I have translated into rough Latin an extensive fragment of a much longer popular song. While providing a literal interlinear translation back into English for the benefit of Latin-less readers, I have, regrettably, made no attempt at rhyme or meter; alert readers will also notice that by avoiding translating the entire song, I have not only allowed myself more time for other work, but I have also neatly skipped several lines in the second half which are not easily susceptible to translation….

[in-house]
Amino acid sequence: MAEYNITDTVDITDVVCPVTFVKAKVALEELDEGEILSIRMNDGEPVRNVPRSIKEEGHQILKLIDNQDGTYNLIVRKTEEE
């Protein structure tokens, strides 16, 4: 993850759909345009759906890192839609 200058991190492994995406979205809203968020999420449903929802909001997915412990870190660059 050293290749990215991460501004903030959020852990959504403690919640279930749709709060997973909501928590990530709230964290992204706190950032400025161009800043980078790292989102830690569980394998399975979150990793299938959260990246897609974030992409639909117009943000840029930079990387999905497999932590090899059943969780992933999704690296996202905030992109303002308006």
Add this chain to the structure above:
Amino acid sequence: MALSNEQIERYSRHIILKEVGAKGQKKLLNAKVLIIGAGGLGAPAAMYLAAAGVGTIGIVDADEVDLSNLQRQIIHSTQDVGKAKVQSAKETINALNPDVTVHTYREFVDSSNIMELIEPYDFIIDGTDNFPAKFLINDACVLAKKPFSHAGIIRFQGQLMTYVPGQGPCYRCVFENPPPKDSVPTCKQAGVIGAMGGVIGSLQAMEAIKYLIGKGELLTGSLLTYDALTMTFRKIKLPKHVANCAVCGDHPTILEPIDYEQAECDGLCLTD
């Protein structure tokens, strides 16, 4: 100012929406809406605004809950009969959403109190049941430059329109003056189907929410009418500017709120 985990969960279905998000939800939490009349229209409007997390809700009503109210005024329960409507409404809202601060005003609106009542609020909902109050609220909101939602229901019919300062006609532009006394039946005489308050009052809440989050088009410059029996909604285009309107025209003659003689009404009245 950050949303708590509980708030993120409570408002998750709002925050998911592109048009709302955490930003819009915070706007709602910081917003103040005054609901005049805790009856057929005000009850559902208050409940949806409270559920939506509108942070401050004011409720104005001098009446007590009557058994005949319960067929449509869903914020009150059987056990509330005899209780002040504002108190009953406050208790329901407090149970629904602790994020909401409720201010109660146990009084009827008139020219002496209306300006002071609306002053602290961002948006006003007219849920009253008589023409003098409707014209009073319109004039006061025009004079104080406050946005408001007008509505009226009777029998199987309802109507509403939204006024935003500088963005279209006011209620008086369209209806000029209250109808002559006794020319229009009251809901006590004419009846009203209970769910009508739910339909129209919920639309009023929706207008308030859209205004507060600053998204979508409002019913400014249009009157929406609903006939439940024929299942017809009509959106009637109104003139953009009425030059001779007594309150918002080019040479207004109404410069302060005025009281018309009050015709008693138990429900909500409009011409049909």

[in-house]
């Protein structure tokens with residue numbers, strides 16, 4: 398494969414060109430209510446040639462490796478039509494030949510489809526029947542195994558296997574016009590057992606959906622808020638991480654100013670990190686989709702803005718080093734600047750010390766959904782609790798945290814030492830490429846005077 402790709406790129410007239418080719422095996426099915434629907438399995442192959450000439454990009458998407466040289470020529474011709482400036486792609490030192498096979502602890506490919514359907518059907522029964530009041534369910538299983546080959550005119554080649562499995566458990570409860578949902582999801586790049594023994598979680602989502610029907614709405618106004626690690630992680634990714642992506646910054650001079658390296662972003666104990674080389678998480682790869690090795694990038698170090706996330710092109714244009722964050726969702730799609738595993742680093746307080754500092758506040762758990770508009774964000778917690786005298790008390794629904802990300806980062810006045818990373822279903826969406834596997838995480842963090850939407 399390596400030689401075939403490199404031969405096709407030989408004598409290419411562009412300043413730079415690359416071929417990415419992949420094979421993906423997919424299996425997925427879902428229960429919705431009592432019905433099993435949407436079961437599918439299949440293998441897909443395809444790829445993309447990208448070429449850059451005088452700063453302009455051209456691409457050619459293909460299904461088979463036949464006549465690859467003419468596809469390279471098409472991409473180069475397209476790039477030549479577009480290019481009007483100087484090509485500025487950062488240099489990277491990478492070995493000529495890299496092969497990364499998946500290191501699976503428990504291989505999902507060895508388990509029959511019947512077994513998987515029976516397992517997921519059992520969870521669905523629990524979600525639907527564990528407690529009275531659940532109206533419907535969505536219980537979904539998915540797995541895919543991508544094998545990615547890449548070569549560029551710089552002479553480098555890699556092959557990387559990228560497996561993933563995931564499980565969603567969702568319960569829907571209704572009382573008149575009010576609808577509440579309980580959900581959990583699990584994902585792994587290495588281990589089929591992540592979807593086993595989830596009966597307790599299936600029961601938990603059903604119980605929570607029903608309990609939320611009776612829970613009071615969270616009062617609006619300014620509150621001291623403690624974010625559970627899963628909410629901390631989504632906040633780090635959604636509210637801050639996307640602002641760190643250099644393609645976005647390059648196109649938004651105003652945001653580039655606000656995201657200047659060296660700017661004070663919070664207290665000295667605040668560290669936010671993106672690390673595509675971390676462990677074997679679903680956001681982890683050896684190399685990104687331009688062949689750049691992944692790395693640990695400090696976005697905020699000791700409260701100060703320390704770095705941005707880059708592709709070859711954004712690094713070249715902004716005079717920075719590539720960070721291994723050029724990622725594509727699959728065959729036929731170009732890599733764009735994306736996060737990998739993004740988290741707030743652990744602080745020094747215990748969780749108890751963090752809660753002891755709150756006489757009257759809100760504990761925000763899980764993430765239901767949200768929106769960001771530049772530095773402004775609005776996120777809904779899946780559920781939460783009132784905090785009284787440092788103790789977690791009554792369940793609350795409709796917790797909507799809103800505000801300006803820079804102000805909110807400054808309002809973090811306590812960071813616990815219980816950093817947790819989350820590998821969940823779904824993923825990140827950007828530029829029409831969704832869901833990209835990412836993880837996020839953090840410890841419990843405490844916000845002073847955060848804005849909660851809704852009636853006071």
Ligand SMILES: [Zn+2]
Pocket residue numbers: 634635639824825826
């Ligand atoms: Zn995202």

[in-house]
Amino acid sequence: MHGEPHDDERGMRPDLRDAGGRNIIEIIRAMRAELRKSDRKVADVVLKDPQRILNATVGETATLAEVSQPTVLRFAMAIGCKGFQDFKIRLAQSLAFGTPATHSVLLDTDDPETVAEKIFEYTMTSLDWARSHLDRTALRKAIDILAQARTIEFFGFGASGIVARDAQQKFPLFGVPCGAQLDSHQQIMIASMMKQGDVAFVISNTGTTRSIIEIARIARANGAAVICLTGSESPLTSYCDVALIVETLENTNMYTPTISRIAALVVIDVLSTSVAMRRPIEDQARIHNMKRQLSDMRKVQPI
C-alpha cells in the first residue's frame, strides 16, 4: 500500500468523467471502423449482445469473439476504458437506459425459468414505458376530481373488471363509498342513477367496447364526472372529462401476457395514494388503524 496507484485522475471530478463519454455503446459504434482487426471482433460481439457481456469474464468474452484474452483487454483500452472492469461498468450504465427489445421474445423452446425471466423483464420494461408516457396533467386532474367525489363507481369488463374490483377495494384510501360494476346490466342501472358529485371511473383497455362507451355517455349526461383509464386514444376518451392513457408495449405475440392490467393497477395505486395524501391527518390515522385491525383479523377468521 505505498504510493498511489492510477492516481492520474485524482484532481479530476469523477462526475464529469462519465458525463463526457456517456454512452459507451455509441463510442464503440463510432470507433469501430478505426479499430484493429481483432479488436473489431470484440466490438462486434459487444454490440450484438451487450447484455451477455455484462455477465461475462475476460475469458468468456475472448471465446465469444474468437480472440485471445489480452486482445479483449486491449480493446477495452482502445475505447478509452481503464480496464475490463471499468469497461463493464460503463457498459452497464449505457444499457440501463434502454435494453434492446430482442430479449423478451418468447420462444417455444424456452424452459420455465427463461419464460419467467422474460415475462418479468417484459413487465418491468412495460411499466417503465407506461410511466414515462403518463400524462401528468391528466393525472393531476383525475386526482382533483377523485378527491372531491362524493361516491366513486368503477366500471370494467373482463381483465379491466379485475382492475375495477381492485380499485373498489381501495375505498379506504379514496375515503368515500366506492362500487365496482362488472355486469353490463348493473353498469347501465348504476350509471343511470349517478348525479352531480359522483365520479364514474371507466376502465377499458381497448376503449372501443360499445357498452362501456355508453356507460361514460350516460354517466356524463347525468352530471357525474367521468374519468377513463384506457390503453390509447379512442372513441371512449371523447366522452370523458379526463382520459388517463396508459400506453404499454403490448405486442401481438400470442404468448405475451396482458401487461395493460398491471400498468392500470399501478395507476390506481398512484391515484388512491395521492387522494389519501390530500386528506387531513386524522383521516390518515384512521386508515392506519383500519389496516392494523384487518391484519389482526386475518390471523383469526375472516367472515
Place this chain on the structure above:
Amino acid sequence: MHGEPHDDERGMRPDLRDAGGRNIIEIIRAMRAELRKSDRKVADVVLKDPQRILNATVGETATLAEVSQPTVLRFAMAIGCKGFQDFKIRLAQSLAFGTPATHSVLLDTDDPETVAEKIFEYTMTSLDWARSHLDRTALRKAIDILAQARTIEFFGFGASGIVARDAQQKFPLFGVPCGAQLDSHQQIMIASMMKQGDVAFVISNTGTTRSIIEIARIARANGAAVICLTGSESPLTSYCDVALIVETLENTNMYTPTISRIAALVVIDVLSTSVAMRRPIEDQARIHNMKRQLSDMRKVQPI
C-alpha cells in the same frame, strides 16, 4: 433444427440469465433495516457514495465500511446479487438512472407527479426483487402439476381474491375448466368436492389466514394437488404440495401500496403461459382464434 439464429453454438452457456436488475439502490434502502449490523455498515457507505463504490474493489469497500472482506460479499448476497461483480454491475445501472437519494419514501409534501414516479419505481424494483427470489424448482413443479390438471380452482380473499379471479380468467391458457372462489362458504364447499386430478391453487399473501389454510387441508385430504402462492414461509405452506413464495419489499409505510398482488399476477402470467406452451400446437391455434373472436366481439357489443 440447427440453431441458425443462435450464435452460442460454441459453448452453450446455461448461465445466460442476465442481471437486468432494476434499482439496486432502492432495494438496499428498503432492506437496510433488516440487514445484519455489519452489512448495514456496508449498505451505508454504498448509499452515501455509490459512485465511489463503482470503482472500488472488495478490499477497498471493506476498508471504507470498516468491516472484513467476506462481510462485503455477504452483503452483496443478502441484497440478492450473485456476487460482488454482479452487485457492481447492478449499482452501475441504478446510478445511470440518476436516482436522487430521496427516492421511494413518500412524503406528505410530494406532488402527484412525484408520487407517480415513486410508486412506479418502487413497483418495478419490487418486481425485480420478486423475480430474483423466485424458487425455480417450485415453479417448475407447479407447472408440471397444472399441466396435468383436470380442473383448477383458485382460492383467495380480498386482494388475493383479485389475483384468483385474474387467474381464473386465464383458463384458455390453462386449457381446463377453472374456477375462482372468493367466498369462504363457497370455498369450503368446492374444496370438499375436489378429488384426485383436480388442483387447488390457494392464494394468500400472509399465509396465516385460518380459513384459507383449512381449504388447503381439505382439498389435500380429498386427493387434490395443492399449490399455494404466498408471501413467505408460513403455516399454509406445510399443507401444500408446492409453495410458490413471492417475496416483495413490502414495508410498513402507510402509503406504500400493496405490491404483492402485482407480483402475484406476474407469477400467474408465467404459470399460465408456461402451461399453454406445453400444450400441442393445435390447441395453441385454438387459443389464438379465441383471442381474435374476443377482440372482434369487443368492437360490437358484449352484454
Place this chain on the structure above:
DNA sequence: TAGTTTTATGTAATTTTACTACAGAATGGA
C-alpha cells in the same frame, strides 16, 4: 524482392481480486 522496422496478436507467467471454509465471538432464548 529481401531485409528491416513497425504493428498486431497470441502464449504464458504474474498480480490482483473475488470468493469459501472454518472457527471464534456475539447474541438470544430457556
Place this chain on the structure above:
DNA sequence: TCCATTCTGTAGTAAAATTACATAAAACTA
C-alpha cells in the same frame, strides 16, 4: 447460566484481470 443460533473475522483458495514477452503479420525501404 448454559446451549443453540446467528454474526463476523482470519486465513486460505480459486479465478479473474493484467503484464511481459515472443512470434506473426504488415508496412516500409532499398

o consortes (quid est?) o consortes (quid est?)
(O colleagues [What is it?] O colleagues [What is it?])
habent amicae vestrae magnas clunes? (certe habent!)
(Do your girlfriends have large buttocks? [They certainly have!])
hortamini igitur ut eas quatiant (ut quatiant!)
(Encourage them therefore to shake them! [To shake them!])
ut quatiant! (ut quatiant!)
(To shake them! [To shake them!)
ut quatiant illas clunes sanas!
(To shake those healthy buttocks!)
—Quislibet (and “Mixaloti Equitis”)
—De clunibus magnis amandis oratio (Quislibet)
O, beloved high school teachers Fr. Clements and Sister Marie Lawrence, you who taught me the tongue of Caesar, forgive me, I beseech you, but this text has moved me to laughter.